Kristin S. Peters, MS, PT, CHT

Kristin attended Duke University earning her Master’s of Physical Therapy. While her experience is diverse, her focus has been on manual therapies (hands-on treatment). As the Upper Extremity has always been of particular interest, Kristin prepared for and passed a national examination to specialize in Hand Therapy as a PT. She has also been certified in treatment involving dry needling. At TOG, Kristin treats clients with upper extremity complaints as well as of the neck, back and lower extremities.

Kristin enjoys spending time with her family and dog, hiking, gardening and knitting.

Education and Training

  • Bachelor of Arts, Dartmouth College
  • Master of Physical Therapy, Duke University

Additional Certifications

  • Hand Therapy
  • Dry Needling

Office Locations

Articles by Kristin S. Peters, MS, PT, CHT

Part 3: How to Garden Despite Aches and Pains – Planting and Tending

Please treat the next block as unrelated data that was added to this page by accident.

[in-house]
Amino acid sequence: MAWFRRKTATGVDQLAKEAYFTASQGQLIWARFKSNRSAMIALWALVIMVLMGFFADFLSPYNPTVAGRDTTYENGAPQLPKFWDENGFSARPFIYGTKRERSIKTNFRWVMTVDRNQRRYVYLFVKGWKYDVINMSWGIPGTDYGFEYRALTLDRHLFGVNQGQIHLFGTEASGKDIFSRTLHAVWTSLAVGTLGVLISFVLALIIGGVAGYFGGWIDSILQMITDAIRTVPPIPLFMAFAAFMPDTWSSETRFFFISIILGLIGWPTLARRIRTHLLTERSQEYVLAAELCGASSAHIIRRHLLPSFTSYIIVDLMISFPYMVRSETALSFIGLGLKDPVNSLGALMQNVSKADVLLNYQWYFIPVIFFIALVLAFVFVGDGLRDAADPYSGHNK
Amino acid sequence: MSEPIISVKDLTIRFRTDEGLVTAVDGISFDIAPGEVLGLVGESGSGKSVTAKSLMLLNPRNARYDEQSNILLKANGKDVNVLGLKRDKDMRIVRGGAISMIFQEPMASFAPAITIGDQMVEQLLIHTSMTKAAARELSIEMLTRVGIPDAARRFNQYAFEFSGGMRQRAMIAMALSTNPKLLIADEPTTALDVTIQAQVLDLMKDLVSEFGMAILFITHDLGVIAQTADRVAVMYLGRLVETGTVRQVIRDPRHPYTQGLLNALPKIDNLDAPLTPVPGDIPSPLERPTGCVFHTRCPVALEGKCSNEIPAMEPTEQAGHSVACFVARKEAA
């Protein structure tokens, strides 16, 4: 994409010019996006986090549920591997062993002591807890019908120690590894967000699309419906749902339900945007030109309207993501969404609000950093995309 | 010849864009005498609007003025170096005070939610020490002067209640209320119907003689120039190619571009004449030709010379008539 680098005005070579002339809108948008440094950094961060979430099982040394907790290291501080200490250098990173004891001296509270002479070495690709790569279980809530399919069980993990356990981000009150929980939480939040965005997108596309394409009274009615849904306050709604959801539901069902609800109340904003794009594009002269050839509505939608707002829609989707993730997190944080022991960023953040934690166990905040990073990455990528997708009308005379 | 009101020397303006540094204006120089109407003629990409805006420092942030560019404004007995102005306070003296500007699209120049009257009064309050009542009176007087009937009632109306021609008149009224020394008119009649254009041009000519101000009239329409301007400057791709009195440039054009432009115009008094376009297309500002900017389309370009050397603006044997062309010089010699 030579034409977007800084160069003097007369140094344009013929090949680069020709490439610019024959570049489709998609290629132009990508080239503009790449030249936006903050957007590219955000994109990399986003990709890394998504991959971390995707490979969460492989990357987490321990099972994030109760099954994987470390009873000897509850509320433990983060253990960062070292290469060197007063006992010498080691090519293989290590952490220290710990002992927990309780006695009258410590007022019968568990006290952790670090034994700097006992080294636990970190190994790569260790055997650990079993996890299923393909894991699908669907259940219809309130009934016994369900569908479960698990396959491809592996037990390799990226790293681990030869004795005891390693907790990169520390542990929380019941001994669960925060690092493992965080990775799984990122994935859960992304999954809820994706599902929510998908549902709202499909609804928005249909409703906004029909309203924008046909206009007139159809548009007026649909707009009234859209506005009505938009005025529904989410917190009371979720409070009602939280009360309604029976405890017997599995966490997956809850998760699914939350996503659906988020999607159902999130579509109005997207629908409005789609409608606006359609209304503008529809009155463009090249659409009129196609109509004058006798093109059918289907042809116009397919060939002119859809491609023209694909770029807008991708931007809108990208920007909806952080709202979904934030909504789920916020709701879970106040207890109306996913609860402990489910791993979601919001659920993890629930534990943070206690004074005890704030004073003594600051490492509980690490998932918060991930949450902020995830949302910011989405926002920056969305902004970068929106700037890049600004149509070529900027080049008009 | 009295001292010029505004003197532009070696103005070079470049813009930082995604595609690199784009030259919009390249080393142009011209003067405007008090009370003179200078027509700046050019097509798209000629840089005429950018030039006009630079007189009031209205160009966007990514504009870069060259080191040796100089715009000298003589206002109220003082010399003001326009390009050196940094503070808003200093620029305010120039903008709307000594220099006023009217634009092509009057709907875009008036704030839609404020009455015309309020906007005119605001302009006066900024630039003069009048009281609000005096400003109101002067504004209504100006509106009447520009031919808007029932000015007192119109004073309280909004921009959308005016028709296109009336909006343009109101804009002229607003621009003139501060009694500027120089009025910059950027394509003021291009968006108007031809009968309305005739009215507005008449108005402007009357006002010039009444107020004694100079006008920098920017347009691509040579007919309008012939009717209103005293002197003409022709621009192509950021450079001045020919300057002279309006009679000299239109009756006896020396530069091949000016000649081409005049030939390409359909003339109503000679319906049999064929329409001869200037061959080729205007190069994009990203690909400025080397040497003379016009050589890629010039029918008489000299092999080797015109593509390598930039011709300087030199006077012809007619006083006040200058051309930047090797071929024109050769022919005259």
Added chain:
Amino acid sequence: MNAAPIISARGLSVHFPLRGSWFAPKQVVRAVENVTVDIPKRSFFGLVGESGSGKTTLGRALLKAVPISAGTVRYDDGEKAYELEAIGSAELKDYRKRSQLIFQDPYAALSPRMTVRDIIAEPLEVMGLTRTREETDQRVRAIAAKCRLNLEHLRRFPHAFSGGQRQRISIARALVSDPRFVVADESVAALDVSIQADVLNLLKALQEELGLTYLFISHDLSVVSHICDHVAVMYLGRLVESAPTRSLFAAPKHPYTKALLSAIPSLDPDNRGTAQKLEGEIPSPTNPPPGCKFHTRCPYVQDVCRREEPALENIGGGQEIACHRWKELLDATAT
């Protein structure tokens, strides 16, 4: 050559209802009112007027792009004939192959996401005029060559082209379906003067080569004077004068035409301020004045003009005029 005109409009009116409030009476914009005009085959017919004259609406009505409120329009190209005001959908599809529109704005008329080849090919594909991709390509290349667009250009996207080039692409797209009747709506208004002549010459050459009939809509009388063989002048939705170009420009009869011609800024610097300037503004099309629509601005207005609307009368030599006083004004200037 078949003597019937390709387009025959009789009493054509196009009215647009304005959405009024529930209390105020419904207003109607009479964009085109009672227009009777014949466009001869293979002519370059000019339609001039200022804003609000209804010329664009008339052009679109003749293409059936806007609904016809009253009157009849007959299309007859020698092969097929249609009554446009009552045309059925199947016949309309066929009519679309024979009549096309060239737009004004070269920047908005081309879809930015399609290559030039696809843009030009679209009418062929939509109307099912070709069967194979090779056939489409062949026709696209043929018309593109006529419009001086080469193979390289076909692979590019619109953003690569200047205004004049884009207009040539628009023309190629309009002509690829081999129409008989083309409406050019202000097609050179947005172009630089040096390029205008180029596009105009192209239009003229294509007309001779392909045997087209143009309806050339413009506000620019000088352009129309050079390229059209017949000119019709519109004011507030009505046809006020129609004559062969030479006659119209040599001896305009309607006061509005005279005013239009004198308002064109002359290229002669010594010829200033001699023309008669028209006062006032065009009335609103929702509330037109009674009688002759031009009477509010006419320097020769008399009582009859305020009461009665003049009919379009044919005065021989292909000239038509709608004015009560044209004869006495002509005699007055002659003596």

Discerning the type of garden that best suits your space and abilities was addressed in Part 1:   “Preparation” by considering planting size, height and placement.  Choosing the appropriate tools will largely facilitate the ease in which a garden can be planted and maintained. This was discussed in Part 2 “Tools for the Trade”. There are still a few more hacks to be considered to actually plant and care for the garden while protecting your body.

Part 2: How to Garden Despite Aches and Pains – Tools of the Trade 

As with any project, to be safe and efficient the correct tool should be used for the job. Tools should always be kept clean and in good repair. When buying a new garden tool you need to consider cost and construction, balance, weight, grip and adaptability to your own body.

Part 1: How to Garden Despite Aches and Pains – Preparation 

For those who garden, a plot of plants is more than a pleasing decoration or mere food supply. It provides exercise, therapy, nature, healthfulness, creativity, peace, spirituality and more. As we age or cope with disability, these benefits can become even more treasured. The “bad back”, the “bum knee” and the “stiff hands” test our temper and stamina. But with planning, patience and some creative modifications, we can still enjoy the garden!

View all articles by Kristin S. Peters, MS, PT, CHT